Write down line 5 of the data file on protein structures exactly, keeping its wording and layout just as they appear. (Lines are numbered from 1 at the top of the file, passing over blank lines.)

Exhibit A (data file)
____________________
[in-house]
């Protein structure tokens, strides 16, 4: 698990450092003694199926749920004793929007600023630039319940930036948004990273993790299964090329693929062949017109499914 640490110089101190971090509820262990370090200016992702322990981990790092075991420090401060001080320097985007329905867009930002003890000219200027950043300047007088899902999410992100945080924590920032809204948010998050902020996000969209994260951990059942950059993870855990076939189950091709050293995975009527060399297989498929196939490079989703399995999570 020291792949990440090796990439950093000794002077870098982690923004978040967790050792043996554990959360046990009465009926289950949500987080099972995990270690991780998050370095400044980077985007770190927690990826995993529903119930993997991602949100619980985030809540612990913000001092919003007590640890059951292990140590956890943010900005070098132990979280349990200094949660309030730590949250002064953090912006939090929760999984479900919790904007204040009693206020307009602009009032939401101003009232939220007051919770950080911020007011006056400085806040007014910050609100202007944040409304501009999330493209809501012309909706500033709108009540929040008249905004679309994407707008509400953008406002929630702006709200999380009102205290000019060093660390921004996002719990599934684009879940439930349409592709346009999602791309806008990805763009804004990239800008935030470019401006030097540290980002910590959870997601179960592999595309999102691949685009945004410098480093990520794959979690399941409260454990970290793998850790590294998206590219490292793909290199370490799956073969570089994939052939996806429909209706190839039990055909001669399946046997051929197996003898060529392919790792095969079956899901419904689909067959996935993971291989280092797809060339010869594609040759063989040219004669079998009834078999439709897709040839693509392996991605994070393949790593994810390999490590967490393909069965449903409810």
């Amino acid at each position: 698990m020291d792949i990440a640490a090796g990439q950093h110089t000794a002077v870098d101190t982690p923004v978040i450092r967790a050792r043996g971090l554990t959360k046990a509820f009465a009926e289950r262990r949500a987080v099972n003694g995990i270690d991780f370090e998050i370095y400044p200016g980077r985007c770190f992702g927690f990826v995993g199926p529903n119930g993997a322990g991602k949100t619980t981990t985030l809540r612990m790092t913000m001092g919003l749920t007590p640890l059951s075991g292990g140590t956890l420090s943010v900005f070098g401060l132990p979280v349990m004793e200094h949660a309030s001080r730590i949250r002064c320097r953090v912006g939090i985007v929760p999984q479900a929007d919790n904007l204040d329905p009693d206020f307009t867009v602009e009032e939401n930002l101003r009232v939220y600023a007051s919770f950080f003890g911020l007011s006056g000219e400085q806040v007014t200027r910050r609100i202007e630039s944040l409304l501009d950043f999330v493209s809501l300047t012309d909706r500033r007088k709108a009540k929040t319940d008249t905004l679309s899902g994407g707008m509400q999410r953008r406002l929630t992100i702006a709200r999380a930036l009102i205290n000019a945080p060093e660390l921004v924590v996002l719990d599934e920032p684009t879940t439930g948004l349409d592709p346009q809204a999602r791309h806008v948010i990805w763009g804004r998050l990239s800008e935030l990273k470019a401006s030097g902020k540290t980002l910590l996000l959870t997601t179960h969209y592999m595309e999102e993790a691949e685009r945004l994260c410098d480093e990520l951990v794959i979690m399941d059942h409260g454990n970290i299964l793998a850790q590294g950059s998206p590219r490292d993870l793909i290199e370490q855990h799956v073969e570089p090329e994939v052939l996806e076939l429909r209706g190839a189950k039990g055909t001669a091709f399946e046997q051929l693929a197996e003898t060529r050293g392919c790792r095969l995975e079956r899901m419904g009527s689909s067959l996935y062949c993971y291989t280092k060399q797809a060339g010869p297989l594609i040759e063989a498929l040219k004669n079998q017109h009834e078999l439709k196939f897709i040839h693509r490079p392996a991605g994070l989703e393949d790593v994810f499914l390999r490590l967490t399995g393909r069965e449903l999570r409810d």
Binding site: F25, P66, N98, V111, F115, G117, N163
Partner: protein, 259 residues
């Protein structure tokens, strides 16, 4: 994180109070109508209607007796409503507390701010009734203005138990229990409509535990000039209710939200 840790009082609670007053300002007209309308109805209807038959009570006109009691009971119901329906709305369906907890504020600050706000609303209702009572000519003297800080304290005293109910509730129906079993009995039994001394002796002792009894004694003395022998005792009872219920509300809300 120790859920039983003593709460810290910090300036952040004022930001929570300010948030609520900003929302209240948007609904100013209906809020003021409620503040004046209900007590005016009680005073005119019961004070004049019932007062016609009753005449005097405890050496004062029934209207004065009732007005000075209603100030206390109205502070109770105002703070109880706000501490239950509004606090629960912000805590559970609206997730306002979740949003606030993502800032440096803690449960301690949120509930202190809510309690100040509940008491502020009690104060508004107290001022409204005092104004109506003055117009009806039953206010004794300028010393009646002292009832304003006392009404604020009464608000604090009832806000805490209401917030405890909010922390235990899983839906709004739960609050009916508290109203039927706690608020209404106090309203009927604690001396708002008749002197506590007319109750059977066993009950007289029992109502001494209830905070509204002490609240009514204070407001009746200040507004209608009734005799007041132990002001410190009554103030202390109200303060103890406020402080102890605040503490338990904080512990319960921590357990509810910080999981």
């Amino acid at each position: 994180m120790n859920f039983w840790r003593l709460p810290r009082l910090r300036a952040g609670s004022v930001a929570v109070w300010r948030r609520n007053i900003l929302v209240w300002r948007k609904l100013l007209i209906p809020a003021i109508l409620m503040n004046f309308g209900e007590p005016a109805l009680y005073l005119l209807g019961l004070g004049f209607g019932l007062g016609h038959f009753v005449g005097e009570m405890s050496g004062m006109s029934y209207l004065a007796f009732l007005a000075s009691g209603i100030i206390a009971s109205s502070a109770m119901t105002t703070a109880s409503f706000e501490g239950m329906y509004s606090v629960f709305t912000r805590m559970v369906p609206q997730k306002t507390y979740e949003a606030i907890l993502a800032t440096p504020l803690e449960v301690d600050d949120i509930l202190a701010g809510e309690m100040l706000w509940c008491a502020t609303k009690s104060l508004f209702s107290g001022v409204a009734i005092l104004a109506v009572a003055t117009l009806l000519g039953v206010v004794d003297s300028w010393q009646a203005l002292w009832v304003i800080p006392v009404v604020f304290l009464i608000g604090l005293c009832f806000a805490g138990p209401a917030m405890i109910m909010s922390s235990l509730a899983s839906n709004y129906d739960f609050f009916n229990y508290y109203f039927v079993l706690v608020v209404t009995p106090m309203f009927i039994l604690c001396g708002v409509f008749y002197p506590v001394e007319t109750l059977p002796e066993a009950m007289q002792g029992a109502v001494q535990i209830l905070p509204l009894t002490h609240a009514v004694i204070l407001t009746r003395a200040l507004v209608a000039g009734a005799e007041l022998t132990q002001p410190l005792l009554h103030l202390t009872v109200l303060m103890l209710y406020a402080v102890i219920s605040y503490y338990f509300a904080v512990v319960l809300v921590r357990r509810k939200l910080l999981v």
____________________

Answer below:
Partner: protein, 259 residues